The pharmaceutical industry abuses patents to ask exorbitant prices, says Dr. Huub Schellekens, professor at Utrecht University, in an interview with Dutch newspaper De Volkskrant (11 August, paywall).
In the Netherlands, one of the richest countries in the world, the “College van Zorgverzekeringen”, the government organization responsible for reimbursing medical costs, started a discussion on whether it is still possible to reimburse the high costs for treating the Fabry and Pompe diseases. In this discussion, senator and ethicist Heleen Dupuis said the high costs of care disrupt the Dutch society. She supported stopping the reimbursement of the costs for these diseases.
According to professor Schellekens the production of the drug to treat the Pompe disease costs about four thousand euro per patient per year. The pharmaceutical industry asks half a million per patient per year. This is not justified according to Schellekens, since medical tests are cheaper with orphan diseases, as the test group is smaller. In the interview, Schellekens gave more examples of drug prices being 100 times more expensive than production costs.
De Volkskrant asked the professor how much we spend in the Netherlands per year on medicines. He estimates it is in the order of 10, 12 billion euro. “It is the fastest growing entry in the healthcare sector. One always hears that aging causes the rising costs of health care, but that is a terrible misunderstanding. (…) The companies spend a major part of that money to protect their exclusive position. If you capitalize that, I estimate that we, the consumers, pay 5 or 6 billion too much.”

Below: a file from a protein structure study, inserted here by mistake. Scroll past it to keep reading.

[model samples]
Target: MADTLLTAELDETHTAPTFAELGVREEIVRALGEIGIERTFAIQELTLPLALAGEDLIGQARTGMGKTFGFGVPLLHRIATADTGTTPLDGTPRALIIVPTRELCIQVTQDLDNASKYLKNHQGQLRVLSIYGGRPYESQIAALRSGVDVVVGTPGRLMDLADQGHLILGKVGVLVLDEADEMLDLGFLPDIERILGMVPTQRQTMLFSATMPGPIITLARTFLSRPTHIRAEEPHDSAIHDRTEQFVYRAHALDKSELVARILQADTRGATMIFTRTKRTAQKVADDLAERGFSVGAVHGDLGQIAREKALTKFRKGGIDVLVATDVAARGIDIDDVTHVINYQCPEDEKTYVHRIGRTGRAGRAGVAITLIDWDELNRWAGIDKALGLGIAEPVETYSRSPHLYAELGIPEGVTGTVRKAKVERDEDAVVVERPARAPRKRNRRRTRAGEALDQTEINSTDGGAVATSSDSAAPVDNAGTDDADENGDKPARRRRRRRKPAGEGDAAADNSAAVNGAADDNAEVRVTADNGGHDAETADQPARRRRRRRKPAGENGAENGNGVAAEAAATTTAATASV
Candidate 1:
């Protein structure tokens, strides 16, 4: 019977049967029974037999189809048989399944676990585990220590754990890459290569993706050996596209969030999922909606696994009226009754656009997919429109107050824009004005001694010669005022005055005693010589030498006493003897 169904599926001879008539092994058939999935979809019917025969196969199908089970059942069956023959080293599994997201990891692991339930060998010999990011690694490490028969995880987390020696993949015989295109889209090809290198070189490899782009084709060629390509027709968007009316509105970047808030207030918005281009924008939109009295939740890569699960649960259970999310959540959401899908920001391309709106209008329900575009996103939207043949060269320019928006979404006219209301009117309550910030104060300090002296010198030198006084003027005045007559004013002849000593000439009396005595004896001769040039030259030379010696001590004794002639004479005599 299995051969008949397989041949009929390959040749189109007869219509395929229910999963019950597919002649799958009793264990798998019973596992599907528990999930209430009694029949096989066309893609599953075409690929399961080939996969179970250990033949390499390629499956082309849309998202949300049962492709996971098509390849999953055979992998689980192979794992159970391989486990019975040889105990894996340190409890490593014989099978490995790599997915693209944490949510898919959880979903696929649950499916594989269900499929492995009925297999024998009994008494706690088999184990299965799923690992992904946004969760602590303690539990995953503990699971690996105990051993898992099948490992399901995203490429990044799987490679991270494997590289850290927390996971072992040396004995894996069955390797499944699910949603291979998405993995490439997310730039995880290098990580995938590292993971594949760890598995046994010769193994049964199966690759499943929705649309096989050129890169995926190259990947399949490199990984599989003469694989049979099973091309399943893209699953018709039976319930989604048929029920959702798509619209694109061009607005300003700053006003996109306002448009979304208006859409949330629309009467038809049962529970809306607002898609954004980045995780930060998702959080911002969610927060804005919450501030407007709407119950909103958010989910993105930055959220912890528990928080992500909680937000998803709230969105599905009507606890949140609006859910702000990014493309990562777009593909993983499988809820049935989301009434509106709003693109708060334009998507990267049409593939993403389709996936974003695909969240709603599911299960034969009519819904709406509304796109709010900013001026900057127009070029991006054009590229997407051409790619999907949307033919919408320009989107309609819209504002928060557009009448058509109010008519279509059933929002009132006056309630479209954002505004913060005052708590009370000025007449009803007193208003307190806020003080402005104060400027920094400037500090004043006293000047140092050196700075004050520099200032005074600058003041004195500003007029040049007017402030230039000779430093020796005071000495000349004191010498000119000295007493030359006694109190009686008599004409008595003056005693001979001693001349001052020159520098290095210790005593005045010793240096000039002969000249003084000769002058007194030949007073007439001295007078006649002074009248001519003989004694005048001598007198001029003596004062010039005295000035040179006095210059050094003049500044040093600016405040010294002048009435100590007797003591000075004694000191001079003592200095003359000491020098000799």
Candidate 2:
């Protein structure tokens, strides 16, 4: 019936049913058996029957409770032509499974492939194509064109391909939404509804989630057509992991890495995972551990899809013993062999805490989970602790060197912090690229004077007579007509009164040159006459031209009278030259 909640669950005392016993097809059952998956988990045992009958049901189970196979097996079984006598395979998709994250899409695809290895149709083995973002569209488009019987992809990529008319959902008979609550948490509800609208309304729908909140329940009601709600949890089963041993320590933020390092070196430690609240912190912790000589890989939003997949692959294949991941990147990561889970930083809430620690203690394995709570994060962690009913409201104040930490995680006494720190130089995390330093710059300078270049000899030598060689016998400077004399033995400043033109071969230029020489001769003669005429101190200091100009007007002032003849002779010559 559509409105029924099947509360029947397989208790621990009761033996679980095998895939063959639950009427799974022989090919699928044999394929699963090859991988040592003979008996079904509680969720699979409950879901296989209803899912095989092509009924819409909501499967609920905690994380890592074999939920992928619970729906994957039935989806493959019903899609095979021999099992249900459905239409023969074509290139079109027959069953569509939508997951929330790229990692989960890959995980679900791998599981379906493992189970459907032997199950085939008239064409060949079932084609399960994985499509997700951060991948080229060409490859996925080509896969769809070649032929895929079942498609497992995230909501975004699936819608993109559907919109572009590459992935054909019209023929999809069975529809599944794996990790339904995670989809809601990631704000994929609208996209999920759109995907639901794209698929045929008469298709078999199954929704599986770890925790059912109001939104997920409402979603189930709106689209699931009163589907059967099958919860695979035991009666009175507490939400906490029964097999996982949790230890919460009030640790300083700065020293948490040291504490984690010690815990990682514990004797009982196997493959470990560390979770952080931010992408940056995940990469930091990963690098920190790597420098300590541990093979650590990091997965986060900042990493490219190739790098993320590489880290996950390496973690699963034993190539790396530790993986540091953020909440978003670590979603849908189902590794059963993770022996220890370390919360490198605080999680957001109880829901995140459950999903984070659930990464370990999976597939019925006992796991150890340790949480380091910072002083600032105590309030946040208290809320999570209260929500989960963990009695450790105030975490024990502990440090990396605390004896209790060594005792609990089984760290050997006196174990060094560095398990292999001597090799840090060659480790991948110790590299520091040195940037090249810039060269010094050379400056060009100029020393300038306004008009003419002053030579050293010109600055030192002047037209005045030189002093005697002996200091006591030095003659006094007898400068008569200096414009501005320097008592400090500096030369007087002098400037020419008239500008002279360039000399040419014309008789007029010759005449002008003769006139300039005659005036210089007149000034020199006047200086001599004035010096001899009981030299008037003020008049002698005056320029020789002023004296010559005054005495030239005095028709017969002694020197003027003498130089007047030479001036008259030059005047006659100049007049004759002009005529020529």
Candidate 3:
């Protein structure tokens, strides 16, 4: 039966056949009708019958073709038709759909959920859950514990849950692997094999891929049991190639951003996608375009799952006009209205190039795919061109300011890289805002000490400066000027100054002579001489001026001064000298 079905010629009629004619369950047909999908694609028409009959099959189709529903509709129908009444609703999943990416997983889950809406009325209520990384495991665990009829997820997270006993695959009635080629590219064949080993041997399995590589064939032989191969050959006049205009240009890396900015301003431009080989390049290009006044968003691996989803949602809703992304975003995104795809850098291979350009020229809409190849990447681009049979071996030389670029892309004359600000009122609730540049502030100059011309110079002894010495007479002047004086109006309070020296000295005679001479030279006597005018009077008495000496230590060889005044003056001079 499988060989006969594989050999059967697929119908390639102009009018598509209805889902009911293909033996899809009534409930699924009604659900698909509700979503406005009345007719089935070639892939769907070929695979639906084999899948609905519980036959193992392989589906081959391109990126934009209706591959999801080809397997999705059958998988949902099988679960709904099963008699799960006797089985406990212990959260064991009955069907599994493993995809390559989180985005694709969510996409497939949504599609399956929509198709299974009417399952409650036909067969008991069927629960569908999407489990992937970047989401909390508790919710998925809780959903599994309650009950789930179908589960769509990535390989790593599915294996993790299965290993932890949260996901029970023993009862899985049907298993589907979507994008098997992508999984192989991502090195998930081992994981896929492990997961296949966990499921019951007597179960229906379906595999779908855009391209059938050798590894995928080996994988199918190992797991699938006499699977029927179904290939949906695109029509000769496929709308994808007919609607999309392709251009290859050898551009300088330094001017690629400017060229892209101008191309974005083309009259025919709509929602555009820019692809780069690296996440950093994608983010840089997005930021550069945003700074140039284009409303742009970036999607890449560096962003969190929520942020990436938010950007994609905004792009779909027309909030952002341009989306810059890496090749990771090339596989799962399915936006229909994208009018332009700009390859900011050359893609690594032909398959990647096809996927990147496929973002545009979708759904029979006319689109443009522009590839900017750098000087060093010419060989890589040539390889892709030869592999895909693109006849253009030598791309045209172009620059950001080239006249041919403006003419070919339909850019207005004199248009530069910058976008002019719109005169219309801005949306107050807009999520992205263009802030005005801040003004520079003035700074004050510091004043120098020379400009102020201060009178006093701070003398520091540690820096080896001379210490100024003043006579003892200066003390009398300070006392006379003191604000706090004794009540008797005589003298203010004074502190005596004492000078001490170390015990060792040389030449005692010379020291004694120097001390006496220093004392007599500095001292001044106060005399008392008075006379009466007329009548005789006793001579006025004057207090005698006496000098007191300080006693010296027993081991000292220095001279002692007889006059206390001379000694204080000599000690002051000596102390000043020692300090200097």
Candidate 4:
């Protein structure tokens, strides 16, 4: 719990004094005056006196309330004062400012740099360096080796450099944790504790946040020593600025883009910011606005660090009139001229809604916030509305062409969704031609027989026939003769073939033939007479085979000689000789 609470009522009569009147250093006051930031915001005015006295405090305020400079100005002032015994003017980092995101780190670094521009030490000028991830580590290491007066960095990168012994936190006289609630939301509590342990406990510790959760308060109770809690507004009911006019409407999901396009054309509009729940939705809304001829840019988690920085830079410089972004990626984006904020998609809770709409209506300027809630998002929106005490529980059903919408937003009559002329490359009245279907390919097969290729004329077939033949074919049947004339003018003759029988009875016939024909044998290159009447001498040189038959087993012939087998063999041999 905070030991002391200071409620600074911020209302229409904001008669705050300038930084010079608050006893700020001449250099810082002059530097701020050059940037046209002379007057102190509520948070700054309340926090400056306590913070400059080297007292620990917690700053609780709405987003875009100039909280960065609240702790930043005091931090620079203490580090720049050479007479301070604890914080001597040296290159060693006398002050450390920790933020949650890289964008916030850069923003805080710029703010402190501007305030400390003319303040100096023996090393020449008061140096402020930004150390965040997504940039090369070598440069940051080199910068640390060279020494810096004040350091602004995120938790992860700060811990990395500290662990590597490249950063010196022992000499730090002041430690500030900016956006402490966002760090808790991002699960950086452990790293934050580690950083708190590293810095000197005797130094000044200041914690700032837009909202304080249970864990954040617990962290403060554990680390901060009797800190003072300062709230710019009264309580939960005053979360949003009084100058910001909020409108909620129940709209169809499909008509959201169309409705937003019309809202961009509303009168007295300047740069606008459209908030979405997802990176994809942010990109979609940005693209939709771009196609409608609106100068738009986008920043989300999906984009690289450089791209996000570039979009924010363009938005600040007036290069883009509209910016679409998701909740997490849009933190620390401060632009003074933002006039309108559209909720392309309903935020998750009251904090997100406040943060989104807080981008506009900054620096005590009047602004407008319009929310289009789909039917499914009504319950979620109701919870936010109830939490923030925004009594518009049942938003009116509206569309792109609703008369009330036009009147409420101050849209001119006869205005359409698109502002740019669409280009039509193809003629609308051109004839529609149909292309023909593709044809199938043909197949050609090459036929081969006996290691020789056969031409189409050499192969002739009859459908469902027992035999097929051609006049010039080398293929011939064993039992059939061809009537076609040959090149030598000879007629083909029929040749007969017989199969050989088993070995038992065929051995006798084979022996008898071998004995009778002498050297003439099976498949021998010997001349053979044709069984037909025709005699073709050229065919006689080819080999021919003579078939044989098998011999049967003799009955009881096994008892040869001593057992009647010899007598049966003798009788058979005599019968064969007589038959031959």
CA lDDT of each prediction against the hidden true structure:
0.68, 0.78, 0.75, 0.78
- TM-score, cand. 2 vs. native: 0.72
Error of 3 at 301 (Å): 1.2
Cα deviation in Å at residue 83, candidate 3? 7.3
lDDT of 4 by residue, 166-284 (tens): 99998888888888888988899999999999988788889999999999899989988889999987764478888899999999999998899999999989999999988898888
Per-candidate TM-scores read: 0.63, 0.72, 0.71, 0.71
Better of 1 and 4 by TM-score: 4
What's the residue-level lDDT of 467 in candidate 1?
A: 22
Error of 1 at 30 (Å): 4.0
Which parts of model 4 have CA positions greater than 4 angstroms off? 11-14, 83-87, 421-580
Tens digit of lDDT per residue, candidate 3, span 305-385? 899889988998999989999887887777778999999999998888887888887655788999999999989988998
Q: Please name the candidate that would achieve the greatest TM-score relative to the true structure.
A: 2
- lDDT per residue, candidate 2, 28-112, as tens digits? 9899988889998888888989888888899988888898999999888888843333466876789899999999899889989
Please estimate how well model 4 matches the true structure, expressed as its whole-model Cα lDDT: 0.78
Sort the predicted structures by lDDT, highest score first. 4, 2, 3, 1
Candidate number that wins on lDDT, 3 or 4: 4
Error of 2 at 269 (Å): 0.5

Schellekens argues that patent protection for medicines can no longer be justified. “They are immoral because they make medicines unreachable for most of the world’s population.”
He advocates to stop granting patents on medicines, the prices will drop as much as 80 percent. According to his estimate “the world will at least save 400 billion euro, more than enough to fund fundamental and sustainability-oriented research into new medicines.”
Schellekens’ ideas resemble the ideas put forward by Nobel laureate in Economic Sciences Joseph E Stiglitz, Senator Bernie Sanders (USA) and organizations such as TransAtlantic Consumer Dialogue, Health Action International (Europe), Knowledge Ecology International and Oxfam.
Schellekens would like to ask the European Court of Human Rights in Strasbourg to invalidate the Pompe disease drug patent as the price of half a million per patient per year is immoral.
As we for instance see with ACTA, there is an increasing interest in having intellectual property rights tested against fundamental rights. IP rights are becoming increasingly intrusive.
Although the savings may turn out to be enormous, and it could ascertain access to medicines, Schellekens observes politicians in the Netherlands are not interested in the role patents play. The pharmaceutical industry has an incredibly strong lobby.
A day later, Hans Büller, chairman of Erasmus MC Board of Directors, said on national television news that a group of EU countries should start to develop not for profit medicines. According to Büller, the urgent situation asks for a rigorous and unorthodox approach.
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